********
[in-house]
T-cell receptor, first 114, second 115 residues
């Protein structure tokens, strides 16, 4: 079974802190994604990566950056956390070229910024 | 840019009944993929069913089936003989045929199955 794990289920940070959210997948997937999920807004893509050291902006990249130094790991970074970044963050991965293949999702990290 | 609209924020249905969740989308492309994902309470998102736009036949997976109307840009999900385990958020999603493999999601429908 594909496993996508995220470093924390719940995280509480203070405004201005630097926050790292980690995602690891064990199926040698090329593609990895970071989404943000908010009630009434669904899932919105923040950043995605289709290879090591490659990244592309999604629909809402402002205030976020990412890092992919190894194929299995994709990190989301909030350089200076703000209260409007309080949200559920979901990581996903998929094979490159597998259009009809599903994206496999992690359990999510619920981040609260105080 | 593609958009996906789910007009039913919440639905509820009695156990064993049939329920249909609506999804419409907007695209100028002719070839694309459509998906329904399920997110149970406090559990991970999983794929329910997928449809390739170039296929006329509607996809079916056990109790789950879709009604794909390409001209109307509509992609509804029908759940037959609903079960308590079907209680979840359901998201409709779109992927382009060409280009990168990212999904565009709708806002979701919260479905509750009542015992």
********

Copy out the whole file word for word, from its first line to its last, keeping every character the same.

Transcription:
[in-house]
T-cell receptor, first 114, second 115 residues
């Protein structure tokens, strides 16, 4: 079974802190994604990566950056956390070229910024 | 840019009944993929069913089936003989045929199955 794990289920940070959210997948997937999920807004893509050291902006990249130094790991970074970044963050991965293949999702990290 | 609209924020249905969740989308492309994902309470998102736009036949997976109307840009999900385990958020999603493999999601429908 594909496993996508995220470093924390719940995280509480203070405004201005630097926050790292980690995602690891064990199926040698090329593609990895970071989404943000908010009630009434669904899932919105923040950043995605289709290879090591490659990244592309999604629909809402402002205030976020990412890092992919190894194929299995994709990190989301909030350089200076703000209260409007309080949200559920979901990581996903998929094979490159597998259009009809599903994206496999992690359990999510619920981040609260105080 | 593609958009996906789910007009039913919440639905509820009695156990064993049939329920249909609506999804419409907007695209100028002719070839694309459509998906329904399920997110149970406090559990991970999983794929329910997928449809390739170039296929006329509607996809079916056990109790789950879709009604794909390409001209109307509509992609509804029908759940037959609903079960308590079907209680979840359901998201409709779109992927382009060409280009990168990212999904565009709708806002979701919260479905509750009542015992």